Adapting to Climate Change on the Coast: Lessons from Louisiana for Federal Policy

RAND Congressional Briefing Series

What can be done to reduce the chances of widespread disaster when the next Superstorm Sandy hits?

Sandy is estimated to have caused upwards of $50 billion in property damage to the mid-Atlantic states, in addition to loss of life and massive disruption to infrastructure systems in New York, New Jersey, and Connecticut.

Sandy is only the most recent example of the massive damage and disruption caused by storms to coastal areas, however, and these consequences will grow worse as coastal populations continue to grow and sea levels rise. The increasing risks have caused policymakers to rethink how to plan for the coasts: rather than provide assistance only after the event, how can policymakers invest proactively to become more resilient and reduce the potential negative effects of coastal storms?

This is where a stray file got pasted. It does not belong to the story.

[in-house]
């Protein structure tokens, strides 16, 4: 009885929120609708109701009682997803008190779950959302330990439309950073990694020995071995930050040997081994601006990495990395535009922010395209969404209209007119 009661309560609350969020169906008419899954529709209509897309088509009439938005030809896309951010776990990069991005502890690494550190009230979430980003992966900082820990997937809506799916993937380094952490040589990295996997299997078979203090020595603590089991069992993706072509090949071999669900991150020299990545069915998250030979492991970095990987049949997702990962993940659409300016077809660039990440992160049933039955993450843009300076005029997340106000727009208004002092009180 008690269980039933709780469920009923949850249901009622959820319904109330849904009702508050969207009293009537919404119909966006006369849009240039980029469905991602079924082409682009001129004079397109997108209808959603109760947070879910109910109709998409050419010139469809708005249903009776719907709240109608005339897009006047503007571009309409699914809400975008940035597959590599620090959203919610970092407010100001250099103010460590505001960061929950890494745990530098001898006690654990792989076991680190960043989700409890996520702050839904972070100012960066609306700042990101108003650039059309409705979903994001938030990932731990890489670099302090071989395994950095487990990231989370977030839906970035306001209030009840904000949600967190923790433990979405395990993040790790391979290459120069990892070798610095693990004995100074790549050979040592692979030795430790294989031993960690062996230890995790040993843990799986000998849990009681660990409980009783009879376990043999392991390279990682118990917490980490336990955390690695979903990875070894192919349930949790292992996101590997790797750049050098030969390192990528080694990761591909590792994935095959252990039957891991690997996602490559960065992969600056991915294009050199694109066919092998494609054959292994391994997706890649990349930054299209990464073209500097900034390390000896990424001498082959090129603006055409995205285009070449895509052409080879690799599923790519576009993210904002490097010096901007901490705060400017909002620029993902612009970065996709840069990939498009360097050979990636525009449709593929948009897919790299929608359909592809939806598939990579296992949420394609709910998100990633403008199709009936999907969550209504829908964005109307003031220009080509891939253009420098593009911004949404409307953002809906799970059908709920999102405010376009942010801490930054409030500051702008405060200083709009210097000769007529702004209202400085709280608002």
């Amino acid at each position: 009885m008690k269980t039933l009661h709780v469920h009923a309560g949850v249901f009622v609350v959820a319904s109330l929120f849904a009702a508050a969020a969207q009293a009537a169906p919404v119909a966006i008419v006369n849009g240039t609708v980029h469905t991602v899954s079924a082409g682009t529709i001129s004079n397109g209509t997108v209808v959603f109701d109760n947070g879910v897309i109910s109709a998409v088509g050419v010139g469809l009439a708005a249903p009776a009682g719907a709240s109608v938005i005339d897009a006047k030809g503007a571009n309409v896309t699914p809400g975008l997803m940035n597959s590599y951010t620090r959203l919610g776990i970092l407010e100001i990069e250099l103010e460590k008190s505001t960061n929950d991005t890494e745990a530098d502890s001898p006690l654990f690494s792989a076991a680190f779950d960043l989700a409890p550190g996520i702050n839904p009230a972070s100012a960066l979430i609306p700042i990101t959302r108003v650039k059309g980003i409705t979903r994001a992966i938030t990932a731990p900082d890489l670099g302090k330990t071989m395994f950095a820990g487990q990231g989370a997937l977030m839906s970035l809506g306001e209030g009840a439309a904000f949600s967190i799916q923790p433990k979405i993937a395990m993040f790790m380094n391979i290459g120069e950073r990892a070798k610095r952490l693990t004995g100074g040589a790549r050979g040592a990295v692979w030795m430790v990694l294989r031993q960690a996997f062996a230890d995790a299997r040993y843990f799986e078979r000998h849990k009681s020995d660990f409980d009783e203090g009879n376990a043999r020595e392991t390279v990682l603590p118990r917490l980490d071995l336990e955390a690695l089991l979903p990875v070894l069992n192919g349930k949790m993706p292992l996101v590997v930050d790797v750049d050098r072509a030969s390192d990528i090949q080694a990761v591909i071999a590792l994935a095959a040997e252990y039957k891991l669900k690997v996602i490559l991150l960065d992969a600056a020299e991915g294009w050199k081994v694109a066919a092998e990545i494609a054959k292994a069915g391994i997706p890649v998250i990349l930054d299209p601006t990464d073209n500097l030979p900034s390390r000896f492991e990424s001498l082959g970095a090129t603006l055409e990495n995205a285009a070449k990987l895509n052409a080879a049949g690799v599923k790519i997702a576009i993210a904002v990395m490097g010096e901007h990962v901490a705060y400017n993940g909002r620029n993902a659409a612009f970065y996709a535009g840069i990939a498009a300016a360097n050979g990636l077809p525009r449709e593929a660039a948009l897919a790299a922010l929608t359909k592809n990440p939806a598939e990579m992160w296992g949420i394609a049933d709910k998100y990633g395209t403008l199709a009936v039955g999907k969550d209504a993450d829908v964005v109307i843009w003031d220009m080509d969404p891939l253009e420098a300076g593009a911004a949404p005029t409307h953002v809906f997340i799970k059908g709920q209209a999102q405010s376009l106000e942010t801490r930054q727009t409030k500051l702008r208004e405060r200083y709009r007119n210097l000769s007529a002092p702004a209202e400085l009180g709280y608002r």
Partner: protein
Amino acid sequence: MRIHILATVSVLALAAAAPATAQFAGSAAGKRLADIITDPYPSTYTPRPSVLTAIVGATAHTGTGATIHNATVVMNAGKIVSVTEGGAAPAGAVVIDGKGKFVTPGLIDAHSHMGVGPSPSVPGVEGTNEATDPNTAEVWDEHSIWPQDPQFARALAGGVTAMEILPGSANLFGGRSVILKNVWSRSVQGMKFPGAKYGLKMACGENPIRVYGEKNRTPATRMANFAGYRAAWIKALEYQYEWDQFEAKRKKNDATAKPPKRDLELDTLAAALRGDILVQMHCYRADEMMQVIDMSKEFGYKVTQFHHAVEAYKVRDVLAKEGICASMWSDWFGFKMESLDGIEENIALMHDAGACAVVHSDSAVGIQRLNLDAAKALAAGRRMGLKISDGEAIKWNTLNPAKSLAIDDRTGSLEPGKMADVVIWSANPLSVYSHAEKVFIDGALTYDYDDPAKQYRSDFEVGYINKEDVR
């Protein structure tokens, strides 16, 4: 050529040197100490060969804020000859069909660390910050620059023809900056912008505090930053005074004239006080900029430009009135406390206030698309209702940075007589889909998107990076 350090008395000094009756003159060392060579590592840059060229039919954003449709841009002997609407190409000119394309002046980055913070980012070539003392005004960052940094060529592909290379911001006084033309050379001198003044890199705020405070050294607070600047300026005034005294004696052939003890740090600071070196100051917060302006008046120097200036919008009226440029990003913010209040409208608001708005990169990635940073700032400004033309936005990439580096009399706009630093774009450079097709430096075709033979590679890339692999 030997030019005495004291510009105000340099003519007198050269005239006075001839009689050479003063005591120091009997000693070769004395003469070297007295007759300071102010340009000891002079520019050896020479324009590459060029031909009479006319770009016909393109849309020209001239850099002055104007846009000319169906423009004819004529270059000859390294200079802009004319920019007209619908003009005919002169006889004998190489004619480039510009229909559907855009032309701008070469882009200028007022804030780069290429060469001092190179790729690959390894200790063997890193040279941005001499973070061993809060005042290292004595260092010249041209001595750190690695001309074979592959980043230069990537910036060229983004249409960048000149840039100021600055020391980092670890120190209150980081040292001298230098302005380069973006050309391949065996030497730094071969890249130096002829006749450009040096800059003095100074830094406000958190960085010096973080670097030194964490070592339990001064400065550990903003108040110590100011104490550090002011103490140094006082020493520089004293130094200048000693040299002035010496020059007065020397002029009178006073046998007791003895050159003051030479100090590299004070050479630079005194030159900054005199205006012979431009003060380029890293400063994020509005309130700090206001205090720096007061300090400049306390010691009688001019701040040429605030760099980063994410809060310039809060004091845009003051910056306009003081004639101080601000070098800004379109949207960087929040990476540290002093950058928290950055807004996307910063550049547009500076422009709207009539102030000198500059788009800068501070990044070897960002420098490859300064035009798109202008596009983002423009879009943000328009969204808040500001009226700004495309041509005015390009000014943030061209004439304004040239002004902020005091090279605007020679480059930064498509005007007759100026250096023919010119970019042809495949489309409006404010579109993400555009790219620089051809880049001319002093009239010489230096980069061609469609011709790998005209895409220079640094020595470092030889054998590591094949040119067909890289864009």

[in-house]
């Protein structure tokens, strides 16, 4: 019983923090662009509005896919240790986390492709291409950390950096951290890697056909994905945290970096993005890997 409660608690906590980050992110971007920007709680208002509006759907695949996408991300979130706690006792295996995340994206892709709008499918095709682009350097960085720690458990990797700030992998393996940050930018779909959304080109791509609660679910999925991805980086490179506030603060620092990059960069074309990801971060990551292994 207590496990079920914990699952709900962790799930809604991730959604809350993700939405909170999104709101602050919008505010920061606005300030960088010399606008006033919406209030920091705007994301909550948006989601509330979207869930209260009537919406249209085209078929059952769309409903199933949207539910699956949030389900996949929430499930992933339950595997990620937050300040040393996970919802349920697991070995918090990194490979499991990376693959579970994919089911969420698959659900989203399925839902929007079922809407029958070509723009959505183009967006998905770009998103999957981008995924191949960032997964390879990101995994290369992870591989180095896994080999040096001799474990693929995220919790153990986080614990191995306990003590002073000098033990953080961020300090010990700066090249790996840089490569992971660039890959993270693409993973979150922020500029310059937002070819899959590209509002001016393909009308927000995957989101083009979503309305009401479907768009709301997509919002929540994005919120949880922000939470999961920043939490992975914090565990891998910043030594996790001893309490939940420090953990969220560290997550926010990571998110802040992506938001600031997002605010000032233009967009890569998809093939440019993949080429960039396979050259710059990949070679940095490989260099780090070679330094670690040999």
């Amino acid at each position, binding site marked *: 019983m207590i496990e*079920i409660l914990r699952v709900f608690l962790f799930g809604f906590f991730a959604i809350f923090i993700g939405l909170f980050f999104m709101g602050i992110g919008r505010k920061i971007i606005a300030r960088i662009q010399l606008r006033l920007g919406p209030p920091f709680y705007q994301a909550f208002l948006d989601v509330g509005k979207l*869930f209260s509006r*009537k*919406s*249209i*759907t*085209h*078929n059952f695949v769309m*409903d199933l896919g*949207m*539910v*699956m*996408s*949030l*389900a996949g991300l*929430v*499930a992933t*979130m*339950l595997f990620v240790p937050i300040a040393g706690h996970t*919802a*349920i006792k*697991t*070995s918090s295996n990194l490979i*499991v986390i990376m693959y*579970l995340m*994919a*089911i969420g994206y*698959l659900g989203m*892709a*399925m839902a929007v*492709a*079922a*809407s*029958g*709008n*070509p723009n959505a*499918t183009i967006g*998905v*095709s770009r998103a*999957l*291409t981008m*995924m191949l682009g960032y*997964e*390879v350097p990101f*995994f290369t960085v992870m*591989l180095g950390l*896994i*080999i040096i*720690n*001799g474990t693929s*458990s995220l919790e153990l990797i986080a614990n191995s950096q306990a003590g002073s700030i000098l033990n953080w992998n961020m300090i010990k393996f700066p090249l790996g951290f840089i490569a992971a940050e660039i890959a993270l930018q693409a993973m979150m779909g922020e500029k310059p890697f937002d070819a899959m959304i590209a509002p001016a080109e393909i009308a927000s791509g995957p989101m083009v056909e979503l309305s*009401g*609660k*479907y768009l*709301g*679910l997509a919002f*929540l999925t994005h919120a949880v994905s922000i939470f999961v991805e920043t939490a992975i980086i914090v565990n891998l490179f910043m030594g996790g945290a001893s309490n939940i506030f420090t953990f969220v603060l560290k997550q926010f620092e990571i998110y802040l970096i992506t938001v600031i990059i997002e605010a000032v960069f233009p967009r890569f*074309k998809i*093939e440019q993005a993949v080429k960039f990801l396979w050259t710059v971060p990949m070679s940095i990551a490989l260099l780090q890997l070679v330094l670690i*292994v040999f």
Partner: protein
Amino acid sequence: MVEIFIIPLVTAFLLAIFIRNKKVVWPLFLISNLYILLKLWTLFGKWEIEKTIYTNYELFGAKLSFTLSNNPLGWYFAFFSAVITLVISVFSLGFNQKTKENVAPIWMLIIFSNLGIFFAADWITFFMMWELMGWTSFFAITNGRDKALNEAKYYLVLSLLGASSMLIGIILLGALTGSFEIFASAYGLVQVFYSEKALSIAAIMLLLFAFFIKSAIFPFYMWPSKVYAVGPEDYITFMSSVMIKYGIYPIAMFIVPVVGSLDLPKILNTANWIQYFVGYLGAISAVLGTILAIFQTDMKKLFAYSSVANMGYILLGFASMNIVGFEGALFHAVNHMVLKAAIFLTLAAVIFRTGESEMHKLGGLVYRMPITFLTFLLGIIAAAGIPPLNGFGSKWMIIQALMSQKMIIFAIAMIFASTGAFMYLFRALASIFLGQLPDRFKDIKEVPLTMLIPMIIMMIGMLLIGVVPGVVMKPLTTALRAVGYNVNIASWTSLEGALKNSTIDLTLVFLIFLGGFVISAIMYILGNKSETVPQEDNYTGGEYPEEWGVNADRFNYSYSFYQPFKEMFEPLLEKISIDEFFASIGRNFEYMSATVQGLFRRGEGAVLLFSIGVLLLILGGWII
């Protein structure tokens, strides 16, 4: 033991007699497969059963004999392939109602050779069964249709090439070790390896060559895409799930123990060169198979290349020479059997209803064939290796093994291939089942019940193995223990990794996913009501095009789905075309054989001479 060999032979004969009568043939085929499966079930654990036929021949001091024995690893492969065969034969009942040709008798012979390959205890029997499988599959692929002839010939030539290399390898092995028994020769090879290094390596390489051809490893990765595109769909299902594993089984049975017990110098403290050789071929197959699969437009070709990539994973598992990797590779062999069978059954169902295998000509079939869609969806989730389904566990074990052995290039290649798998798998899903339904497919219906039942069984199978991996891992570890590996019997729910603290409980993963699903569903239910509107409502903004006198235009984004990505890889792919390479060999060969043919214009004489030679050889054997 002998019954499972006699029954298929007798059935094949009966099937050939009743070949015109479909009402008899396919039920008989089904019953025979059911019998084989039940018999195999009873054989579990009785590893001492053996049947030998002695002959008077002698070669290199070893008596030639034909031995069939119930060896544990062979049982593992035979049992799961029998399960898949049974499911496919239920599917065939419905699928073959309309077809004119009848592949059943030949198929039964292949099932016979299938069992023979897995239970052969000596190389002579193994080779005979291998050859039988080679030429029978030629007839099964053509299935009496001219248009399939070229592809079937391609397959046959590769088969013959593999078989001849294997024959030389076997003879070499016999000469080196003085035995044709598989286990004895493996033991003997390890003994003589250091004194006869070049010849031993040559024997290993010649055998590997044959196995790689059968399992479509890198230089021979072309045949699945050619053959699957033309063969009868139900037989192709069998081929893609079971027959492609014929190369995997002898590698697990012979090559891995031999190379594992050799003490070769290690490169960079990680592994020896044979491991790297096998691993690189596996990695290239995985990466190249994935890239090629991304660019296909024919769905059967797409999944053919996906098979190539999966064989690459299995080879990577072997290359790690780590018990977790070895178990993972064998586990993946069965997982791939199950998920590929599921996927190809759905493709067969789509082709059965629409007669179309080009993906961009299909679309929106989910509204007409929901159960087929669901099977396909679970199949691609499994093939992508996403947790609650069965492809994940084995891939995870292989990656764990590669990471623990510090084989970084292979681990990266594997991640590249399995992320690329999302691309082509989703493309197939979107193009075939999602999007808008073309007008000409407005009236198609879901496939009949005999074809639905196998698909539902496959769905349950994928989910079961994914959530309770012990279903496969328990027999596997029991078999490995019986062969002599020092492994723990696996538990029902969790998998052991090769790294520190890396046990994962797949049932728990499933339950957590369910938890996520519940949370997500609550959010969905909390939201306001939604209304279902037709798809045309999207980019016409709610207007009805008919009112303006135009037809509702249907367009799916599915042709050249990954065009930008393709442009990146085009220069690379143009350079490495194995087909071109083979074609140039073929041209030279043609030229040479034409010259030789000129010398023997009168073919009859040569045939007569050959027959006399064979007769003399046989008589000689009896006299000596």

Other states and the federal government can learn from Louisiana's post-Katrina planning to better protect coastal populations and restore or rebuild coastal lands. The RAND Corporation assisted Louisiana in developing its 2012 Coastal Master Plan to guide the state's coastal investments and help residents plan for the future. The projects in the plan strike a balance between providing near-term benefits to coastal communities and long-term sustainability to Louisiana's coastal landscape.

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